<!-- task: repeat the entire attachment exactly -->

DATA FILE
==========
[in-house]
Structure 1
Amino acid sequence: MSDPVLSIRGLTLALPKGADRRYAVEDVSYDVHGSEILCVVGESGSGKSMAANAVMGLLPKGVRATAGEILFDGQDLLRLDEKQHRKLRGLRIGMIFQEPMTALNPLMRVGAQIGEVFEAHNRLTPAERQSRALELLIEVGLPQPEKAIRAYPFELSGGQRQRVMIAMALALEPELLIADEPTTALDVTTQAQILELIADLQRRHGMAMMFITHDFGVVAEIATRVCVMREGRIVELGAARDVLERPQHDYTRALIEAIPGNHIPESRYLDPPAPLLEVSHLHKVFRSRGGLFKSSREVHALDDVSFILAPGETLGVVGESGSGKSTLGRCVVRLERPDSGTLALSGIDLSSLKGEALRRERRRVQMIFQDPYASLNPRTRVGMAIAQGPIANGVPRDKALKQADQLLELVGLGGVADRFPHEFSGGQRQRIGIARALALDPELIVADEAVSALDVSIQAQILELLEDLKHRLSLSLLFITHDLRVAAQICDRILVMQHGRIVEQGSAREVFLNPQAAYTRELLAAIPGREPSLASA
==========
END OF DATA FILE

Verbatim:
[in-house]
Structure 1
Amino acid sequence: MSDPVLSIRGLTLALPKGADRRYAVEDVSYDVHGSEILCVVGESGSGKSMAANAVMGLLPKGVRATAGEILFDGQDLLRLDEKQHRKLRGLRIGMIFQEPMTALNPLMRVGAQIGEVFEAHNRLTPAERQSRALELLIEVGLPQPEKAIRAYPFELSGGQRQRVMIAMALALEPELLIADEPTTALDVTTQAQILELIADLQRRHGMAMMFITHDFGVVAEIATRVCVMREGRIVELGAARDVLERPQHDYTRALIEAIPGNHIPESRYLDPPAPLLEVSHLHKVFRSRGGLFKSSREVHALDDVSFILAPGETLGVVGESGSGKSTLGRCVVRLERPDSGTLALSGIDLSSLKGEALRRERRRVQMIFQDPYASLNPRTRVGMAIAQGPIANGVPRDKALKQADQLLELVGLGGVADRFPHEFSGGQRQRIGIARALALDPELIVADEAVSALDVSIQAQILELLEDLKHRLSLSLLFITHDLRVAAQICDRILVMQHGRIVEQGSAREVFLNPQAAYTRELLAAIPGREPSLASA